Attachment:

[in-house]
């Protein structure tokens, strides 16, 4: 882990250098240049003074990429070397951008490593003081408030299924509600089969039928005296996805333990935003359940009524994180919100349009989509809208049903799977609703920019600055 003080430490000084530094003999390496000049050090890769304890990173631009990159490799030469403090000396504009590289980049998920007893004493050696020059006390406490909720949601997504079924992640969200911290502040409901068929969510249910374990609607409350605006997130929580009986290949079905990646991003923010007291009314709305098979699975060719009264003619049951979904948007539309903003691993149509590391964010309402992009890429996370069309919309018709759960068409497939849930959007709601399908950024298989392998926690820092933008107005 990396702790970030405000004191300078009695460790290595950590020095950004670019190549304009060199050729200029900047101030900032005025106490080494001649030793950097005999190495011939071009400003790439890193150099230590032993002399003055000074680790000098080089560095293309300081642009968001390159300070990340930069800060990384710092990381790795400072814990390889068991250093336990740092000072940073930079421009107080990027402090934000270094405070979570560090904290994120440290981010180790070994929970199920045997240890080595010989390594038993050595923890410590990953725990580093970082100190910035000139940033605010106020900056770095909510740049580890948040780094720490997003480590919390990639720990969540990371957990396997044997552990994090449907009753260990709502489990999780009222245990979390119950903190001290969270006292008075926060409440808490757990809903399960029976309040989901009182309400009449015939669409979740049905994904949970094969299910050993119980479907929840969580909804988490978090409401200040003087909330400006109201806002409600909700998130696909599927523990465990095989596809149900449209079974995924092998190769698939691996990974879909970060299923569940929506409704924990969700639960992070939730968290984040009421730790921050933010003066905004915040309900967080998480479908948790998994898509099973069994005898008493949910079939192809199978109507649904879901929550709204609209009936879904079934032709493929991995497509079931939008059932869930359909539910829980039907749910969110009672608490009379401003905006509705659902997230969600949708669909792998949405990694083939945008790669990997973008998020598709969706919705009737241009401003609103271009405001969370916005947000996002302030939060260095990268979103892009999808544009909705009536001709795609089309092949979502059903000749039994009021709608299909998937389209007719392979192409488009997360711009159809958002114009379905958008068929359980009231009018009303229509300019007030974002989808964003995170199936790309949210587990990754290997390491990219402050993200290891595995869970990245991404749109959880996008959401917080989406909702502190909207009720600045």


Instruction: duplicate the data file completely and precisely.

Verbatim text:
[in-house]
């Protein structure tokens, strides 16, 4: 882990250098240049003074990429070397951008490593003081408030299924509600089969039928005296996805333990935003359940009524994180919100349009989509809208049903799977609703920019600055 003080430490000084530094003999390496000049050090890769304890990173631009990159490799030469403090000396504009590289980049998920007893004493050696020059006390406490909720949601997504079924992640969200911290502040409901068929969510249910374990609607409350605006997130929580009986290949079905990646991003923010007291009314709305098979699975060719009264003619049951979904948007539309903003691993149509590391964010309402992009890429996370069309919309018709759960068409497939849930959007709601399908950024298989392998926690820092933008107005 990396702790970030405000004191300078009695460790290595950590020095950004670019190549304009060199050729200029900047101030900032005025106490080494001649030793950097005999190495011939071009400003790439890193150099230590032993002399003055000074680790000098080089560095293309300081642009968001390159300070990340930069800060990384710092990381790795400072814990390889068991250093336990740092000072940073930079421009107080990027402090934000270094405070979570560090904290994120440290981010180790070994929970199920045997240890080595010989390594038993050595923890410590990953725990580093970082100190910035000139940033605010106020900056770095909510740049580890948040780094720490997003480590919390990639720990969540990371957990396997044997552990994090449907009753260990709502489990999780009222245990979390119950903190001290969270006292008075926060409440808490757990809903399960029976309040989901009182309400009449015939669409979740049905994904949970094969299910050993119980479907929840969580909804988490978090409401200040003087909330400006109201806002409600909700998130696909599927523990465990095989596809149900449209079974995924092998190769698939691996990974879909970060299923569940929506409704924990969700639960992070939730968290984040009421730790921050933010003066905004915040309900967080998480479908948790998994898509099973069994005898008493949910079939192809199978109507649904879901929550709204609209009936879904079934032709493929991995497509079931939008059932869930359909539910829980039907749910969110009672608490009379401003905006509705659902997230969600949708669909792998949405990694083939945008790669990997973008998020598709969706919705009737241009401003609103271009405001969370916005947000996002302030939060260095990268979103892009999808544009909705009536001709795609089309092949979502059903000749039994009021709608299909998937389209007719392979192409488009997360711009159809958002114009379905958008068929359980009231009018009303229509300019007030974002989808964003995170199936790309949210587990990754290997390491990219402050993200290891595995869970990245991404749109959880996008959401917080989406909702502190909207009720600045």